How to keep your smartphone cool during the hot summer months
Summer is all about streaming the hits of year's past and shooting a bounty of selfies. But while you're out doing that, remember to keep tabs on how hot your smartphone becomes while you're having fun.
The warmer weather months don't offer a friendly climate for electronics, and the heat can actually be hazardous to overall device health. Here are a few tips to keep your smartphone cool for the summer.
Don't leave the phone in the car
There's a reason why it's illegal in some areas to leave your child or a pet behind in a hot car (I mean, it should be illegal everywhere). Even with the windows cracked a bit, cars are effectively giant metal and glass incubators. It's also why you shouldn't leave your smartphone behind.
Overall, it's best to pre-plan where you'll put things before you get into the vehicle. If you're driving long distances, for example, grab a magnetic car mount to keep the phone affixed to the air conditioning vent as you're using turn-by-turn directions. If you have to leave the phone in the car for safety reasons, try storing it in the trunk instead. That's the part of the car with the least "greenhouse gas" effect (link is a PDF), and believe it or not it's generally one of the coolest spots in a parked vehicle.
Another rule I abide by is to never leave any gadgets in the glove compartment, even if I'm streaming music, and my phone is connected to the auxiliary cable located inside. Glove boxes are hot enough to melt the cassette tapes of yore, and unless you've got an air conditioning vent located inside, it's definitely hot enough to toast your newer electronic devices.
Turn off what you don't need
Bluetooth, LTE, Wi-Fi, and GPS — if you don't need these things while you're out and about, turn them off. That will ensure your phone isn't working in overtime in your purse or pocket while you're out gallivanting in sun-stroked gardens. It'll also be a boon for battery life, which you'll want considering how much warmer a smartphone gets when it's plugged in for a charge.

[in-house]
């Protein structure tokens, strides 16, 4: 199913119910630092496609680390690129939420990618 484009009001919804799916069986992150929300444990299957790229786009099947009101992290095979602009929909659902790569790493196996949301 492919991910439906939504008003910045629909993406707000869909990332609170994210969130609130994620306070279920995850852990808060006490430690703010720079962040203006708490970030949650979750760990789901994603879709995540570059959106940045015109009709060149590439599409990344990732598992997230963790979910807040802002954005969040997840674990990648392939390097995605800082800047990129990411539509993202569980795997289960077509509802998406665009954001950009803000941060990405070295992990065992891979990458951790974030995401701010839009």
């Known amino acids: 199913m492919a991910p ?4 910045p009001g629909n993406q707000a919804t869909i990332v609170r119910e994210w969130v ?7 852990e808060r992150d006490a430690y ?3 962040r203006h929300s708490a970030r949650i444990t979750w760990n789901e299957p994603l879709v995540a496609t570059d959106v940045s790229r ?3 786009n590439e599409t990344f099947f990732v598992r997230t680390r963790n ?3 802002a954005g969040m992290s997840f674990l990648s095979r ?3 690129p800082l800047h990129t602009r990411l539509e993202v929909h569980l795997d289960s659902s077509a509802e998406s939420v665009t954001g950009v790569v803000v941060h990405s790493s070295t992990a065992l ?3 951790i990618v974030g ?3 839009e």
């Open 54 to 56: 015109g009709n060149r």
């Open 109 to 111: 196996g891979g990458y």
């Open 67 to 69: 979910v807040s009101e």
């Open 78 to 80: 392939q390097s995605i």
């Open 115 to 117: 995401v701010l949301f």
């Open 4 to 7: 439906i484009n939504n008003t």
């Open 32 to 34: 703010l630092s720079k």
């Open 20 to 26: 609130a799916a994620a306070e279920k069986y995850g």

Take off the case
You wouldn't wear layers in the hot summer heat, right? There is no need to pile them on top of your smartphone, either. If you're in need of a case because you're engaging in outdoor activities, put the phone inside an Otterbox (opens in new tab) or similarly rugged case and keep the screen off during your excursion.
Keep devices separate
I don't live in a humid climate or the desert, so I've never had this sort of issue. But if you're walking around with several devices clustered in a bag or backpack and the air is positively thick with heat, be sure that they're powered off and kept in separate compartments. This gives all the metal things on your shoulder a little room to breathe as the world outside bakes everything else.
Don't put it in the fridge
I used to do this with my MacBook Air until I was scolded for doing so. According to Gazelle (opens in new tab), a site where you can sell your old gadgets, cooling your gadgets too rapidly could actually damage the inside components.
Whoa! The best thing to do if you feel like your device is too hot is to slowly cool it down by turning it off completely and leaving it alone for a while. You should also unseat the battery pack, if it's removable, and definitely place the phone away from direct sunlight.
What are your tricks?
We all have our own tricks for dealing with the heat. What are some of your methods for cooling your smartphone down when the world outside is burning up? Let us know!
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Florence Ion was formerly an editor and columnist at Android Central. She writes about Android-powered devices of all types and explores their usefulness in her everyday life. You can follow her on Twitter or watch her Tuesday nights on All About Android.
Before this, in the Texas heat, the phone would switch to slow charging instead of quick charging due to heat. Now it will run Spotify, Waze and quick charge. When I take it off the mount and put it in my pocket, the phone is cooler than I am.